Fines up to 20 million Euro’s for Non-Compliance with new EU data protection regulationPress Release - Bureau Telecommunications and Post
The General Data Protection Regulation, or GDPR, (EU Regulation 2016/679) is a regulation in EU law that was approved by the European Union on April 14th 2016, and set to come into force on May 25th 2018. It’s one of the most significant and wide-ranging pieces of legislation passed relating to technology and the internet, with new guidelines that are better suited to the modern, technology-dominated world.
The GDPR is primarily designed to harmonize data privacy laws across Europe, to protect and empower all EU citizens’ data privacy, and to reshape the way organizations approach data privacy. Explicit consent of an individual (data subject) to store and use their personal identifiable data is one of the focus points of the GDPR. The aim is to give control to EU citizens and residents over their personal identifiable data and protect them from privacy and data breaches in an increasingly data-driven world.
One may think that these new regulations are only applicable to businesses that are established within the EU, but this is far from the truth. This new legislation is vastly different than the 1995 legislation with an increased territorial scope, as it applies to all companies that are collecting and processing the personal data of data subjects residing in the European Union, regardless of the company’s location. Meaning to say that even businesses outside of the EU that are offering goods or services to anyone living within the EU will also need to ensure they're compliant with these new rules, as they could also be subject to hefty fines up to 4% of annual global turnover or €20 Million (whichever is greater).
According to BTP, “even though Sint Maarten is not formally part of the EU or the Single Market, we are part of the “Overseas Countries and Territories (OCT)” with a special relationship with the Netherlands – a full member state of the EU. In addition to this, our island is shared with Saint Martin and they are also part of the EU. Because of our close ties with these EU countries, our dealings with them on a regular basis, and the mere fact that thousands of EU visitors come to our shores on a daily base for both business and pleasure, it’s it advisable for entities established on Sint Maarten (Profit & Non-Profit, Public & Private) to pay keen attention to this new legislation”.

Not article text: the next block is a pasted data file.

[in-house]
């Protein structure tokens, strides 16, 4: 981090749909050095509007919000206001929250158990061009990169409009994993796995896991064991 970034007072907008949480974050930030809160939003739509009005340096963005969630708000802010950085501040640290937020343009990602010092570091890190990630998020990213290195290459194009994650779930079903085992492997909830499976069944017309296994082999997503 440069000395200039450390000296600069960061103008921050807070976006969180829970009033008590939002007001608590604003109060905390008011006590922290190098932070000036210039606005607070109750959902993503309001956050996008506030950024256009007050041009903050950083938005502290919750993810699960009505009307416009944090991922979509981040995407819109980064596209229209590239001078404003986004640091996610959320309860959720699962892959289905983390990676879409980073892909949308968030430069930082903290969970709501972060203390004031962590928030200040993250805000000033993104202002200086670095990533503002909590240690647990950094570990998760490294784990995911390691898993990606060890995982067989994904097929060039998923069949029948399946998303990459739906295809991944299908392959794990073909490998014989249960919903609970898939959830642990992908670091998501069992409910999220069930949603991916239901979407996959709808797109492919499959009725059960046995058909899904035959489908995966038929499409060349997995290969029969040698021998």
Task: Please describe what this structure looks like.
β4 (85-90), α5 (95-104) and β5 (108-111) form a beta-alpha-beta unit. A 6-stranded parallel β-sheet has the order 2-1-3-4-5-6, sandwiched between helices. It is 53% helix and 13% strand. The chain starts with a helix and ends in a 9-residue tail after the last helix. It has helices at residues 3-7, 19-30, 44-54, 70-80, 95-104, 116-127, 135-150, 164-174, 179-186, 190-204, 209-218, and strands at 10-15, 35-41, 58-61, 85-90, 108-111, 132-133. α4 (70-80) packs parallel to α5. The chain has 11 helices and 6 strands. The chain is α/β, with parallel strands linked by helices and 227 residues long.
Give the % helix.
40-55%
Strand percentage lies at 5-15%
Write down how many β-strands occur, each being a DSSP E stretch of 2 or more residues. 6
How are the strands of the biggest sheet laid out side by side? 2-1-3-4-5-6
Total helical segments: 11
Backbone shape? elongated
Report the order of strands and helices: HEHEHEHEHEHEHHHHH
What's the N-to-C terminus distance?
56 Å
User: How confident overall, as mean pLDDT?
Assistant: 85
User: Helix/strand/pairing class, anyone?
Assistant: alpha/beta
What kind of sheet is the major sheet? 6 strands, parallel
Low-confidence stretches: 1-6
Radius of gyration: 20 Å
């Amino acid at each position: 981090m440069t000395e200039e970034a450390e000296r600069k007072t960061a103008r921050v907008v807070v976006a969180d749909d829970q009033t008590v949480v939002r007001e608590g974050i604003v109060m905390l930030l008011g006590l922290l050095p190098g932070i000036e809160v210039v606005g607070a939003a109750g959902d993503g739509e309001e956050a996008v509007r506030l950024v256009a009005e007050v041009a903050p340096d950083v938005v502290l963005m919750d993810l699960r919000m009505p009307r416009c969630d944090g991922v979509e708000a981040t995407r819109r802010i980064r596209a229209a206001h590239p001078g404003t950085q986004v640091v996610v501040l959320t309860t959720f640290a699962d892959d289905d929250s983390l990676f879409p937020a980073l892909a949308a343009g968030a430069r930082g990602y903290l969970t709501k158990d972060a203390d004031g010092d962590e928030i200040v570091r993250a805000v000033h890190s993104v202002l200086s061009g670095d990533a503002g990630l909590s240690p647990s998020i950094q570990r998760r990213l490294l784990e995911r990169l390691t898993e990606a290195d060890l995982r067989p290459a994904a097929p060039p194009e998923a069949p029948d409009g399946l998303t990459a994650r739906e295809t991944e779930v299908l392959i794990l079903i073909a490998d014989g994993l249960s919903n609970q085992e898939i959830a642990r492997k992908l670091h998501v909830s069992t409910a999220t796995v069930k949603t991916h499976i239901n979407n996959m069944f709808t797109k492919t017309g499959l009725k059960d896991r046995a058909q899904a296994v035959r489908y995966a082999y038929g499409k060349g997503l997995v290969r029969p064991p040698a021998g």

The Director of BTP Mr. Anthony Carty stated: “It’s imperative that we follow suit with both the collection and protection of personal identifiable data of EU citizens and residents. All entities that are not compliant with the GDPR by May 25th 2018 are facing the risk of enormous penalties from the European Authorities. We are therefore urging all businesses on the island, - especially those that are targeting EU markets, or collecting and/ or processing personal identifiable data of EU citizens and residents-, to familiarize themselves with the GDPR, and ensure they are compliant with the new regulation by May 25th 2018. Larger entities are advised to appoint or hire data experts to perform assessments, and revisit company procedures”.
More information to be found on: https://www.eugdpr.org/
Any further questions or queries can be addressed to Bureau Telecommunications and Post St. Maarten: email@example.com
Who are we?Bureau Telecommunications and Post St. Maarten (BTP) is the independent regulatory authority for the Telecommunications and Post industry in St. Maarten.
BTP is responsible for the maintenance of a competitive environment in St. Maarten in the industries with which it is tasked to regulate.
BTP executes its tasks through consultations with industry participants and stakeholders, focused on attaining quality and affordable communications for all, working towards establishing an environment that support continuous growth and development within the industries. Read more